The Netherlands will switch to a different approach to pension accrual. Each employee will start to pay a fixed contribution, which will be used solely to benefit his or her own pension accrual. This will have consequences for all employees who are currently accruing pension. Under the current average pension contribution system, younger employees contribute to the pensions accrued by older employees. By abolishing the average pension contribution system, they will no longer receive this subsidy from the future generation of younger employees. The result? A national transition issue. The government will draw up further guidelines in this respect when establishing the specifics of the Pension Agreement.
The idea behind the transition to a new form of pension accrual is to secure the sustainability of the pension system in time; however, there will be consequences for employees who are currently accruing pension or receiving a pension. The exact consequences will vary from one pension scheme and age category to another and are not clear yet.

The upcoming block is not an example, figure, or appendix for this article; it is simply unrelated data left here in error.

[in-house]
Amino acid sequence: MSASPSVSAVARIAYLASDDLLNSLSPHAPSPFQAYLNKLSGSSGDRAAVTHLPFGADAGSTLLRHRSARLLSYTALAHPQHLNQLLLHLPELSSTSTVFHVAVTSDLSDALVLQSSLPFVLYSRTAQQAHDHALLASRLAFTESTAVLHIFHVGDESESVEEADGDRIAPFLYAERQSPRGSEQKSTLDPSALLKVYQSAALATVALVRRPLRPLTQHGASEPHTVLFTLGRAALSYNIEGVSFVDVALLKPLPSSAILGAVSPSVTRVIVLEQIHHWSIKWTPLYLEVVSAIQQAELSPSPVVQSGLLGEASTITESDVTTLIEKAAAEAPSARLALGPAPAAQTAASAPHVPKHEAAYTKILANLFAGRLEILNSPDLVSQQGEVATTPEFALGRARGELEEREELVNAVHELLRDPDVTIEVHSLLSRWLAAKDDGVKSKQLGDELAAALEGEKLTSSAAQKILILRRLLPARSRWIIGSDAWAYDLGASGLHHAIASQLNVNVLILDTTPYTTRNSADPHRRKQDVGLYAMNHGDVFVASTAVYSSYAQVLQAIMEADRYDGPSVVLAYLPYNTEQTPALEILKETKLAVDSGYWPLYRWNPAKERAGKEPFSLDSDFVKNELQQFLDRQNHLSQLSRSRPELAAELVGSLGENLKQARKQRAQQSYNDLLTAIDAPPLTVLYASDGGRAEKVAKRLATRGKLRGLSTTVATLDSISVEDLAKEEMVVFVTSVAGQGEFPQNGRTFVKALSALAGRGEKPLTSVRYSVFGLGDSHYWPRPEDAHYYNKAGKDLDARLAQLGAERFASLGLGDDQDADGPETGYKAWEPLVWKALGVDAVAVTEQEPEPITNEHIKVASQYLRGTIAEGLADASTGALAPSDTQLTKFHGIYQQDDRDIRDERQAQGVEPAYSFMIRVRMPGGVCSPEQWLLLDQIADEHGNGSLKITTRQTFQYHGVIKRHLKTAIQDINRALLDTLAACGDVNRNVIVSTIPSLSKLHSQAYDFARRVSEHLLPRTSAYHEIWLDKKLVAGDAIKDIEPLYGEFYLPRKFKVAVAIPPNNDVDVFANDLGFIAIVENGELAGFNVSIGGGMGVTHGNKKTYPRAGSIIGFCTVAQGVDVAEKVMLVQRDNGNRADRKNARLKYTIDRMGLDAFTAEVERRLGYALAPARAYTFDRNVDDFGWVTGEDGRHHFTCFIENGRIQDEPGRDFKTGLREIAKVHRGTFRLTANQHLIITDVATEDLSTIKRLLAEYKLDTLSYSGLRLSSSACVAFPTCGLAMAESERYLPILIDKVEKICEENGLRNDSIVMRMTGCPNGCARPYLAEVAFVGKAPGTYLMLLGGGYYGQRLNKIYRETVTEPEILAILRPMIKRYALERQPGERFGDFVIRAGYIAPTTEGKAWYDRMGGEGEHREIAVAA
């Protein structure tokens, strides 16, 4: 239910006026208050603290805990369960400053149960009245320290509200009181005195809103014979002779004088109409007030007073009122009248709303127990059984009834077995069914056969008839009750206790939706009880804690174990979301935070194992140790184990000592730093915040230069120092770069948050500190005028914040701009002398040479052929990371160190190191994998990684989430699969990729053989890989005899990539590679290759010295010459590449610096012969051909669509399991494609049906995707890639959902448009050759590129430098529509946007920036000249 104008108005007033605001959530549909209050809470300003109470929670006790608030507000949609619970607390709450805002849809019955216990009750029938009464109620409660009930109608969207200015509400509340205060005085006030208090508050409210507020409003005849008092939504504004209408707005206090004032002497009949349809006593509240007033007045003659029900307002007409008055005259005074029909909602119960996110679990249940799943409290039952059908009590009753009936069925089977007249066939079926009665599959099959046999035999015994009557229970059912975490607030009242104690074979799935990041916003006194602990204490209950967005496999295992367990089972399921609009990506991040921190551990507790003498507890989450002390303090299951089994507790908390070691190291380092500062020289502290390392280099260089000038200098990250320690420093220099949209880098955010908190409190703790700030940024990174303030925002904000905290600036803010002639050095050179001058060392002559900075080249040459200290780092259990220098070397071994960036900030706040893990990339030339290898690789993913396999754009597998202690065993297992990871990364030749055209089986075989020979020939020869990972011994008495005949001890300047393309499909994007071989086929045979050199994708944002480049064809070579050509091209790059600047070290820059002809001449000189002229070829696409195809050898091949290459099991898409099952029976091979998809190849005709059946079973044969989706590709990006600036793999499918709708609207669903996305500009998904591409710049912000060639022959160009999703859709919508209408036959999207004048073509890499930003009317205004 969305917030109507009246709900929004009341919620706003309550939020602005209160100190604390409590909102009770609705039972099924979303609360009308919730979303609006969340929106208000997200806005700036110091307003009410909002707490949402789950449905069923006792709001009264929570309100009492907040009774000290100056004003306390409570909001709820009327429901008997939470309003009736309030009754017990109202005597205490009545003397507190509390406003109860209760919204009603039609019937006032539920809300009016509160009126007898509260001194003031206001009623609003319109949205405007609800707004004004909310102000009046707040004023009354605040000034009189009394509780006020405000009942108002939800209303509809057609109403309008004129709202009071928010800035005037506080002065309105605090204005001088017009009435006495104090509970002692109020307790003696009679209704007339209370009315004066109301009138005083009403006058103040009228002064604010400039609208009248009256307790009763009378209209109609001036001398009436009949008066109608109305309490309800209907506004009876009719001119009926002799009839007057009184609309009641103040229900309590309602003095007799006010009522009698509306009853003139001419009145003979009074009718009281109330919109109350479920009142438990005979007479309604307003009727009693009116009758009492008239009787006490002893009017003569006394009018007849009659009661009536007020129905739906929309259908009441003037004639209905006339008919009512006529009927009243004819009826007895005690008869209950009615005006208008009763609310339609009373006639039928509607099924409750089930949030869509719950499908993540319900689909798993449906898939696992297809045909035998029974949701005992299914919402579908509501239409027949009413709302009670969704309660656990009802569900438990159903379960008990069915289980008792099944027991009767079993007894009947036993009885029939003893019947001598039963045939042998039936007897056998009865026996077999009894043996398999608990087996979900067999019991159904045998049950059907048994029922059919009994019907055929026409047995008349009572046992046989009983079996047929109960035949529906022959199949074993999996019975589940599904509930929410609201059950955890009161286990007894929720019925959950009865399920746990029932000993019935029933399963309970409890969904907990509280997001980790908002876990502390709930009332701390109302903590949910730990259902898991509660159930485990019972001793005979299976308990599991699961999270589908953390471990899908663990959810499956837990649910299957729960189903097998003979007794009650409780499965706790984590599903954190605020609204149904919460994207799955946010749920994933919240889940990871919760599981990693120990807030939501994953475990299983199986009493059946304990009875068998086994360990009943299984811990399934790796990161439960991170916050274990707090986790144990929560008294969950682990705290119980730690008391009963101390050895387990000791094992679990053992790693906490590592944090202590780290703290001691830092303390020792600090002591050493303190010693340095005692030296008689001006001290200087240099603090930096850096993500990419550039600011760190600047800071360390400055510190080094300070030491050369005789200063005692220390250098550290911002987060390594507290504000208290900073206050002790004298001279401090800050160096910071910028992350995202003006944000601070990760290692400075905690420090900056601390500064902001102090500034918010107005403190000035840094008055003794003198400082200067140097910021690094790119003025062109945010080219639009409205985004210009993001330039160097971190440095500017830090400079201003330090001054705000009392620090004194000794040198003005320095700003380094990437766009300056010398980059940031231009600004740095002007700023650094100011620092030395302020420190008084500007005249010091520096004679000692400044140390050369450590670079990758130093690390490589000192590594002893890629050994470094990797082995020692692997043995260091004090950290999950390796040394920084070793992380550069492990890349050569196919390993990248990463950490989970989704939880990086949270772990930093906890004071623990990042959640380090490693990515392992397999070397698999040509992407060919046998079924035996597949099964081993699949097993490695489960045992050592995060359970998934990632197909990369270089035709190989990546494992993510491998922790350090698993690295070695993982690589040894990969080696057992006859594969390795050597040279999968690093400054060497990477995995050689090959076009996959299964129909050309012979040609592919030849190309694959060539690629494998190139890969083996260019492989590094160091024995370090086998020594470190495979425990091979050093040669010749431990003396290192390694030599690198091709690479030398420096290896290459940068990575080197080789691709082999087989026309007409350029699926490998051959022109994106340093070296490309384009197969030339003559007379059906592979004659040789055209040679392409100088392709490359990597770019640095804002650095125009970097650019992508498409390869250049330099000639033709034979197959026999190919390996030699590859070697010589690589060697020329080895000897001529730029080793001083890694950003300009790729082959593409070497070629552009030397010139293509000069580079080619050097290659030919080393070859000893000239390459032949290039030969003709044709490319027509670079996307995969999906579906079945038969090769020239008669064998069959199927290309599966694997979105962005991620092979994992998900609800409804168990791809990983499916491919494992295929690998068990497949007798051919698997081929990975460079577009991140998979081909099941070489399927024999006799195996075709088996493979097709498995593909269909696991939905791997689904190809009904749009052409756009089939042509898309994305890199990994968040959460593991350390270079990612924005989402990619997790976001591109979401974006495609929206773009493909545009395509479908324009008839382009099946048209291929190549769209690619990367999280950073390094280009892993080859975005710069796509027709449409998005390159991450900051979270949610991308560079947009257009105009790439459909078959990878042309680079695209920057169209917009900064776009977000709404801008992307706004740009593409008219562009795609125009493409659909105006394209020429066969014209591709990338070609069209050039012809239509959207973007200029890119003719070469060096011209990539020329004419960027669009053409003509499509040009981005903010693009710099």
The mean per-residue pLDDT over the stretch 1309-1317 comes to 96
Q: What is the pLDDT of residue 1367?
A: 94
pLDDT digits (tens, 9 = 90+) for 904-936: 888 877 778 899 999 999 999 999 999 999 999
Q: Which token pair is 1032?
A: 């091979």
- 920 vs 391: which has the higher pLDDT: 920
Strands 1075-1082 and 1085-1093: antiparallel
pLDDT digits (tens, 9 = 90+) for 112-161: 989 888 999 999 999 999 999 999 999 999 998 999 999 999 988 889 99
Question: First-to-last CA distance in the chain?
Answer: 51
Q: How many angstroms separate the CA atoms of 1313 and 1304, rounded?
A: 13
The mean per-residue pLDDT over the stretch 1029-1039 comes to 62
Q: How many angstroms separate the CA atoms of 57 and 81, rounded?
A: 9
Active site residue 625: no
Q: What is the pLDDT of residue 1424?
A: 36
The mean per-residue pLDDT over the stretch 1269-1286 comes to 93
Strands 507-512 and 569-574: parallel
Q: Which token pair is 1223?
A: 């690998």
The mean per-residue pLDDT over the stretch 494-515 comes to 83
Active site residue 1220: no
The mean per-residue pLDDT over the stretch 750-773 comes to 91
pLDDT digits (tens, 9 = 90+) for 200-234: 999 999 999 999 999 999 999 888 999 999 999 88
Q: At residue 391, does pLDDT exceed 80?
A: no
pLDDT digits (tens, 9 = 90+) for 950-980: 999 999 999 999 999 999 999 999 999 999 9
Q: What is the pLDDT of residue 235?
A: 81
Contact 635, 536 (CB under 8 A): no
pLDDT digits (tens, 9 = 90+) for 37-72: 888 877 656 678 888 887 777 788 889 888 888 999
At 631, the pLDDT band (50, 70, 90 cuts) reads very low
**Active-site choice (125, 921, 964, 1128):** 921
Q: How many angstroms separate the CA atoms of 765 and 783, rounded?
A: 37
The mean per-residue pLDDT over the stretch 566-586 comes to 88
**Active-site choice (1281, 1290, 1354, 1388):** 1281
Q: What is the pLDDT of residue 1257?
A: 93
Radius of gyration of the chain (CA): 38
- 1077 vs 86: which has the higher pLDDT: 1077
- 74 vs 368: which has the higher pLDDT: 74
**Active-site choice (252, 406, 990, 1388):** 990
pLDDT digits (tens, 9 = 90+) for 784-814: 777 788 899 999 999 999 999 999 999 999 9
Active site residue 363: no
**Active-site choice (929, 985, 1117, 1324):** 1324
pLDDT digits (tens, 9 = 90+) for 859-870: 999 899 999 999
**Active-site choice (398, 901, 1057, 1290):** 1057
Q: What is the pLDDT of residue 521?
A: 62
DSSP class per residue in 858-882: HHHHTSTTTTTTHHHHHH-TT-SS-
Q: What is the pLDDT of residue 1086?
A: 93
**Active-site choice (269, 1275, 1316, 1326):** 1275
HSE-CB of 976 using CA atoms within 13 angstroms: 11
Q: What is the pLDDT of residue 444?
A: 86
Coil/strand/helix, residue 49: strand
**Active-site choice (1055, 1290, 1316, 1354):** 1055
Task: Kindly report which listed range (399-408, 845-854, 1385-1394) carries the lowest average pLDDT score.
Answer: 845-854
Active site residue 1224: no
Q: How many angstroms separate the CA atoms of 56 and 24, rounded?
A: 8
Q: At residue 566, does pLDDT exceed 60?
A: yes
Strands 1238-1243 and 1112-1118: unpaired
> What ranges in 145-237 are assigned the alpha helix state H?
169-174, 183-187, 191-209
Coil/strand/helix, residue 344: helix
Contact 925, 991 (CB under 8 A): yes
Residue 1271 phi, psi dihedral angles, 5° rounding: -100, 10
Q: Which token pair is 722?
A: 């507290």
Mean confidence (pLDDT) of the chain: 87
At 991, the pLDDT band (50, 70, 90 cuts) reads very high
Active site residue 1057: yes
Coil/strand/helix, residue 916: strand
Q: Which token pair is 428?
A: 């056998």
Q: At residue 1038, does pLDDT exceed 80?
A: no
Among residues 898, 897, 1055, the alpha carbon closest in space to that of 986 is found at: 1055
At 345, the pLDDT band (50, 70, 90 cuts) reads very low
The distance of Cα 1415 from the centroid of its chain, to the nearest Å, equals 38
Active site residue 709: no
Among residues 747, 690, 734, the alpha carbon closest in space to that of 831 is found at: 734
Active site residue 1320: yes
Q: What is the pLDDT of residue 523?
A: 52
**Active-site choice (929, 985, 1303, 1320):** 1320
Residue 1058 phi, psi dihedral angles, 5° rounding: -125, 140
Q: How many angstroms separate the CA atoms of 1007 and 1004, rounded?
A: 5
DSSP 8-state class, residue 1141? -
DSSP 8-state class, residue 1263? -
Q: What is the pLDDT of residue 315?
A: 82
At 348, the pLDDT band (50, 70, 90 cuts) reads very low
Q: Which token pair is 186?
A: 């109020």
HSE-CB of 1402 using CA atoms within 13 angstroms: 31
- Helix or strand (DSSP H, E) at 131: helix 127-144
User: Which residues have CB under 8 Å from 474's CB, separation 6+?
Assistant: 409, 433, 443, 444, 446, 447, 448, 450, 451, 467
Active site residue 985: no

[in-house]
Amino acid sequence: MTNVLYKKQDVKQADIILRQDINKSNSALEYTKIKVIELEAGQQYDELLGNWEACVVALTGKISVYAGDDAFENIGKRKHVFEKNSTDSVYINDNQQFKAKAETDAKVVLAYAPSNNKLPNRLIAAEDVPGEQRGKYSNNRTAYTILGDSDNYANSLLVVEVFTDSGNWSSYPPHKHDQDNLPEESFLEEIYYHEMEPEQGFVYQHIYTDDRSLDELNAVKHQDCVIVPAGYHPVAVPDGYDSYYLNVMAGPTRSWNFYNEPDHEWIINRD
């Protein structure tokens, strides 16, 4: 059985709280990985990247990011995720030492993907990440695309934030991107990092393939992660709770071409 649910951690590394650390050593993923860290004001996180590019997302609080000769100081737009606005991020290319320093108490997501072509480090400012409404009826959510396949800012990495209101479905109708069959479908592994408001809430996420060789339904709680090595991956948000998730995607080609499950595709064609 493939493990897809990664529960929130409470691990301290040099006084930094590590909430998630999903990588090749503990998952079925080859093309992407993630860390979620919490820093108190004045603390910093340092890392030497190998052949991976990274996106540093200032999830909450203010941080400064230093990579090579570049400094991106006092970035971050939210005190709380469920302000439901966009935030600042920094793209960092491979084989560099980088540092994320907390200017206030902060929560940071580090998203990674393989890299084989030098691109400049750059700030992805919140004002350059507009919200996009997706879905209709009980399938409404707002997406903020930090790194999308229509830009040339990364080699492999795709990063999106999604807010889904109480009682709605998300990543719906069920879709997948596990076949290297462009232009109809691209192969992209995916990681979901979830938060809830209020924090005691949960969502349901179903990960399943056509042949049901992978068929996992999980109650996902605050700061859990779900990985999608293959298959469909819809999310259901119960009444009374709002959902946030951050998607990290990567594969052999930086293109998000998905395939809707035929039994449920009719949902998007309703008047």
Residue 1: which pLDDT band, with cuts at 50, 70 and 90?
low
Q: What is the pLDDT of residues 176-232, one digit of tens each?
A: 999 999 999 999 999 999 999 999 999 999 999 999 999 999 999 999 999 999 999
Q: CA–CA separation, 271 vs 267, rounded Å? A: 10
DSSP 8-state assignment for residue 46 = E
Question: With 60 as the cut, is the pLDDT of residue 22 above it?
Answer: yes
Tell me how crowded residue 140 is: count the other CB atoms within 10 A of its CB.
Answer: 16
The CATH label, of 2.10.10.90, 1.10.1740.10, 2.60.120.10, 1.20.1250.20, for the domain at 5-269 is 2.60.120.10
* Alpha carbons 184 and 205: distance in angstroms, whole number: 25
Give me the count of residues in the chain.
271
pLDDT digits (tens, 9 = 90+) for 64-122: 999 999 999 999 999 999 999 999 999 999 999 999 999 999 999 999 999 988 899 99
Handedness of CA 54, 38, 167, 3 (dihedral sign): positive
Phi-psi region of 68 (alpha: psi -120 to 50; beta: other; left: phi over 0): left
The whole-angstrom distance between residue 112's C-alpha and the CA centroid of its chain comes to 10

The Pension Agreement states that the government and social partners see it as their joint responsibility to avoid participants being affected disproportionately.
The Pension Agreement contains a number of agreements on the subject of sustainable employability. One of these agreements relates to árduous occupations'. The government will introduce a number of fiscal policies/tax measures to temporarily abolish the tax penalty (the so-called ERS penalty, early retirement scheme, Regeling Vervroegde Uittreding), which may currently be imposed if an employer offers older employees the benefit of an early retirement scheme. Tax facilities for the leave savings scheme will be extended too. Employees will be able to use this leave to retire early.